Setting up the Kenna Virtual Tunnel

Installation Steps

Important: You must first contact before you are able to register your virtual tunnel VM. Direct Console access is required to configure the Virtual tunnel. 

  1. Provide Support with the following information to create the required VM image.

    • The IP address where you would like the VM to be set.

    • Gateway

    • Subnet mask

    • DNS

  2. Support creates the VM image based on the above provided information.

Troubleshooting Steps

  1. Verify that an API key has been entered.

  2. If your VM is a static IP, please confirm that you have entered in the IP information into the VM.

  3. Important: Verify that the correct network requirements have been put in place:  outbound TCP connections on port 443 (NOT HTTPS) and our client gateway IP and url will differ based on the hosting environment where your instance lives. Ask support for the gateway information. 

Outbound Traffic Requirements






Kenna VM

Confirm via support ticket


Web traffic used to verify your API key and pull a VPN configuration from Kenna to the VM.

A firewall rule for this must use a hostname as a destination, as its IP may change. This traffic can be sent through a standard web proxy.

Kenna VM

Confirm via support ticket


OpenVPN traffic used to bring up a VPN tunnel from the VM to Kenna's client gateway.

This traffic is not HTTPS and requires a direct outbound connection; it cannot be sent through a web proxy.


Note: When considering where to deploy the file, remember that it must be able to reach both the security appliance or server inside your network AND make outbound TCP connections on port 443 (NOT HTTPS) to our client gateway. This can be on a permanent virtualization server or on your own computer. If you run the virtual machine on your computer, it will only have access to your network when the computer is running and the VM is active.


Virtual Tunnel Frequently Asked Questions

  1. What image is the virtual tunnel based on? Does the virtual tunnel allow access to patch and maintain the image?

    • The Virtual Tunnel is running CentOS 8 as its operating system. Kenna does not provide client access to the virtual tunnel VM and does not require client iteration other than entering the API key and local network configuration settings in the console prompts. Support will patch the VM as needed.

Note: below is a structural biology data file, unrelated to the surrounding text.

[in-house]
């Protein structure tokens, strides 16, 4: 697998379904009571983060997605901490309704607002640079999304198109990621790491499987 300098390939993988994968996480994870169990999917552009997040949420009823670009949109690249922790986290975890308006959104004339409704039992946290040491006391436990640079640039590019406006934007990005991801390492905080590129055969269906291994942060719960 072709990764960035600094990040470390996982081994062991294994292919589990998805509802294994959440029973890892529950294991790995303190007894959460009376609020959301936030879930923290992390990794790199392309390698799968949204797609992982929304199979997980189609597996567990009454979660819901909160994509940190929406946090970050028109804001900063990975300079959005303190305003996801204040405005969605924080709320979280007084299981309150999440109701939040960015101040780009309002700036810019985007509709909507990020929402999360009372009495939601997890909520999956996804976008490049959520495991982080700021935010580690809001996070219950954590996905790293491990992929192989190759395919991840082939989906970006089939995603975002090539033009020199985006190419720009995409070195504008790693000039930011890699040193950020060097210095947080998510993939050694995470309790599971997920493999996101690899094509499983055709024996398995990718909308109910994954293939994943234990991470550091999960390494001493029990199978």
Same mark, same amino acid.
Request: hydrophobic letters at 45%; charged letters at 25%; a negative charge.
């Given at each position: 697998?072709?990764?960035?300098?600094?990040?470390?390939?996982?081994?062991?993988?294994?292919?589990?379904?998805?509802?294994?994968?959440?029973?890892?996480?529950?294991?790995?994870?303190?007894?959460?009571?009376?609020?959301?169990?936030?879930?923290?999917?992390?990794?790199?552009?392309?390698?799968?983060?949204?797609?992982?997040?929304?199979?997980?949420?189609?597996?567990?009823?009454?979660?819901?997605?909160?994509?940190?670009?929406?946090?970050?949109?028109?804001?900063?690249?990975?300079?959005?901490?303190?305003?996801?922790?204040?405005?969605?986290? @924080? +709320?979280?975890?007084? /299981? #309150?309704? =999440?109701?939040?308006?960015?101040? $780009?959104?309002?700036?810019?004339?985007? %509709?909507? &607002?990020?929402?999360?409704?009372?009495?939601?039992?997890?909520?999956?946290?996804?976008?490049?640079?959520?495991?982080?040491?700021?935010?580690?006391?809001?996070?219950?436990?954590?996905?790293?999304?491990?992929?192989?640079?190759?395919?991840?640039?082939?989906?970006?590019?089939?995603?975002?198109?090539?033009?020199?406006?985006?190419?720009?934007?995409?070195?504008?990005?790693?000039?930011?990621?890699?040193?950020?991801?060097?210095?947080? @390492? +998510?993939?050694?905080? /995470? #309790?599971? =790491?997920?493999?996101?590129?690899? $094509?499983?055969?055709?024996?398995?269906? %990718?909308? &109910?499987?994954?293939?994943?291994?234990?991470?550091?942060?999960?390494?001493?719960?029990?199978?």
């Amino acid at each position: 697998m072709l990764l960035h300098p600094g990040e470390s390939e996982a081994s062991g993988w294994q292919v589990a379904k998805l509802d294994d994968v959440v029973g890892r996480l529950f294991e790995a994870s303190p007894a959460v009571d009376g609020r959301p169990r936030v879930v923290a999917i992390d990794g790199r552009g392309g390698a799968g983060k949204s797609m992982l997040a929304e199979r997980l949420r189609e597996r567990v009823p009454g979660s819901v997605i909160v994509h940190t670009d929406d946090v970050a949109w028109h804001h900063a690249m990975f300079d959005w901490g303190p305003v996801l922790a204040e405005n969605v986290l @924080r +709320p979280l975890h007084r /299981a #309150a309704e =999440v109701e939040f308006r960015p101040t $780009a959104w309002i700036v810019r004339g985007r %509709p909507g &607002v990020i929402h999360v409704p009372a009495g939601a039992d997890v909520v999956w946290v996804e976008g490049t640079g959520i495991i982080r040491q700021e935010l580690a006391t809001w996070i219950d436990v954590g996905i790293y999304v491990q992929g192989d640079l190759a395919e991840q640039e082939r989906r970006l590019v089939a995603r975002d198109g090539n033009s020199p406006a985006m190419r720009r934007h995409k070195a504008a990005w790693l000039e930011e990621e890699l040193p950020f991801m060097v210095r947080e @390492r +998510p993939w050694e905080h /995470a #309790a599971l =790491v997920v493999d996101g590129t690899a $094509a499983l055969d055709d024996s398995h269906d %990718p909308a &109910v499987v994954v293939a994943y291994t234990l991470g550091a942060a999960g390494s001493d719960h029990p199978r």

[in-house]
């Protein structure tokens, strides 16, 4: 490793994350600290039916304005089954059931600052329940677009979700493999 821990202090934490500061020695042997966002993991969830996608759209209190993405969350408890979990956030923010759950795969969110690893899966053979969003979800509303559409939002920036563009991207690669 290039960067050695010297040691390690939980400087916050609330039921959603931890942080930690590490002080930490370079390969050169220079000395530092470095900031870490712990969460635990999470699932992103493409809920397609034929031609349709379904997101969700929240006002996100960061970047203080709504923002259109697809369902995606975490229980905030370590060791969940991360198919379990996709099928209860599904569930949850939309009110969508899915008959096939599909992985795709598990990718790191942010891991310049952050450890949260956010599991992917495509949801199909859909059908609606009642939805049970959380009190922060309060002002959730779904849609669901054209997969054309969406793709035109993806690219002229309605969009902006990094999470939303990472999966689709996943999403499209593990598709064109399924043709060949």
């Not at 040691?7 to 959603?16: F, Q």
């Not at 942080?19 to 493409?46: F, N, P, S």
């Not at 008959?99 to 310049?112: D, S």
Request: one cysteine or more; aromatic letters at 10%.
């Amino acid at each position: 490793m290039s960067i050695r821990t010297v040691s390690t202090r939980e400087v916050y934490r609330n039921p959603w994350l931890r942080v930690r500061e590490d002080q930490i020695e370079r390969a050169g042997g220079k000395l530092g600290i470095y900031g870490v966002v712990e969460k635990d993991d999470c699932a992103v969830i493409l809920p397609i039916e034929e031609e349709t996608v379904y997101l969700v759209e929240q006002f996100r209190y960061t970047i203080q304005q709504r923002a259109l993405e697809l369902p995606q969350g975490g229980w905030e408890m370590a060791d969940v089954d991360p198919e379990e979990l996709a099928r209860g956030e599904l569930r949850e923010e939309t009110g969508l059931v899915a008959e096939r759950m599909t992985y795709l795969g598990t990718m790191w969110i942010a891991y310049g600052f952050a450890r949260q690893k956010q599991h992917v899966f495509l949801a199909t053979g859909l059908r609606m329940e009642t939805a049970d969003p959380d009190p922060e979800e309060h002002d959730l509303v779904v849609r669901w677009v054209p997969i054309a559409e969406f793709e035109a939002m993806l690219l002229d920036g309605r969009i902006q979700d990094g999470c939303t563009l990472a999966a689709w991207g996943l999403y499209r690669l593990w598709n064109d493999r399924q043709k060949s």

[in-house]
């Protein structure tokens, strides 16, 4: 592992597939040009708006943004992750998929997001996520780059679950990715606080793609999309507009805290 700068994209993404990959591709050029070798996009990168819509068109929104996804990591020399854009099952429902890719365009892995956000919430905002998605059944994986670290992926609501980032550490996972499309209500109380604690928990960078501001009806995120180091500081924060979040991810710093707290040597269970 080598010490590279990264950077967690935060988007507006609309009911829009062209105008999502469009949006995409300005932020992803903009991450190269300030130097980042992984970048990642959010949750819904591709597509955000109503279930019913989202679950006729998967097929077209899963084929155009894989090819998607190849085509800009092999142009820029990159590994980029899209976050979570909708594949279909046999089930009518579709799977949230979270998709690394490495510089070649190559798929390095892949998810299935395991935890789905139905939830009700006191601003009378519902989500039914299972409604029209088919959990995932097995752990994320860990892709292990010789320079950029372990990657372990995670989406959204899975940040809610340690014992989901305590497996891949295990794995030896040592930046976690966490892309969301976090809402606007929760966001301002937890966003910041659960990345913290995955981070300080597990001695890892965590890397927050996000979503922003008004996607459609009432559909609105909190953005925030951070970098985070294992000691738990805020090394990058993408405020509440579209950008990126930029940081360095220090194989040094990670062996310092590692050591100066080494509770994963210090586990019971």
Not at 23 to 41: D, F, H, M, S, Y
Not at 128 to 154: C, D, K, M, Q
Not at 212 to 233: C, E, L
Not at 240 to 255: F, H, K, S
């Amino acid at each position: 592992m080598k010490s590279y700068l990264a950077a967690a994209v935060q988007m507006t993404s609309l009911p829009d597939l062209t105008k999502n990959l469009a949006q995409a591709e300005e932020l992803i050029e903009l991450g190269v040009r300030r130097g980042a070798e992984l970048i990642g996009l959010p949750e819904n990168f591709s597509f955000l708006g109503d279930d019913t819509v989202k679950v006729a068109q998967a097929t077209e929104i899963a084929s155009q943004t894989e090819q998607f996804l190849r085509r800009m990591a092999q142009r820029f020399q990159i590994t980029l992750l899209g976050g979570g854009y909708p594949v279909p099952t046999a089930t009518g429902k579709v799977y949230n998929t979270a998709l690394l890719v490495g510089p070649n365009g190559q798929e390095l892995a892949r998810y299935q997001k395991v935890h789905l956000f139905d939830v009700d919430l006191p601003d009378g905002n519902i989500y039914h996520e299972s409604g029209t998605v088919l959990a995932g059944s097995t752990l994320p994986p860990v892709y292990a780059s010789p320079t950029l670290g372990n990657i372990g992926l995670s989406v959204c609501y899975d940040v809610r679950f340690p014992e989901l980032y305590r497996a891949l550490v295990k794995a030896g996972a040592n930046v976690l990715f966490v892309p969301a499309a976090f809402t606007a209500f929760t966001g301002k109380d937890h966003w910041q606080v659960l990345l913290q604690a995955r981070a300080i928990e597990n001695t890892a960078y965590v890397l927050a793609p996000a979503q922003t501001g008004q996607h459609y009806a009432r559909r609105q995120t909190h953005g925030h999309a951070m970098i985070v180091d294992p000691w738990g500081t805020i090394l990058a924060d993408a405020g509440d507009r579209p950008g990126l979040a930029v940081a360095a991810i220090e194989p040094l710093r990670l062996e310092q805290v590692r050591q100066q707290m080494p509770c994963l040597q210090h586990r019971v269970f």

2. How does Kenna secure data in transit between the virtual tunnel and Kenna?

    • All data is transmitted to Kenna via an encrypted OpenVPN tunnel.

  3. How are the API credentials used for the scanners secured both in transit between the virtual tunnel and Kenna, and while at rest? Where are the credentials stored?

    • The API credentials for the scanner are entered and stored in the Connectors page of the UI, not in the VM itself; they are encrypted as part of the Kenna platform solution. The Kenna API key is entered once when establishing the tunnel and transmitted data to Kenna via HTTPS to complete the initial handshake after which the tunnel is established and all future communications occur securely over the tunnel. The API key is not saved and any subsequent reboots of the VM require that the API key is re-entered. 

  4. Since OpenVPN is used, who is responsible for keeping it up-to-date and secure?

    • Kenna security is responsible for implementing secure OpenVPN libraries as part of our distributed tunnel solution. 

  5. Is the virtual tunnel backed up in the cloud? Can my organization create a backup?

    • The virtual tunnel VM is not backed up by Kenna as it resides within your organization's own environment. Only one instance of the virtual tunnel is supported and can be running/connected at a given time. The connector settings or authentication information is saved in the Kenna UI, not in the virtual tunnel VM so it can easily be replaced with a fresh image by following the console configuration instructions.

  6. What happens when I need to reboot my virtual tunnel?

    • The setup prompt appears every time the VM is rebooted and requires manual configuration.  There may be options at the hypervisor level to restrict console access to the VM but the setup menu must be accessible as that this the only way the VM can be configured with the API and local network configuration information.

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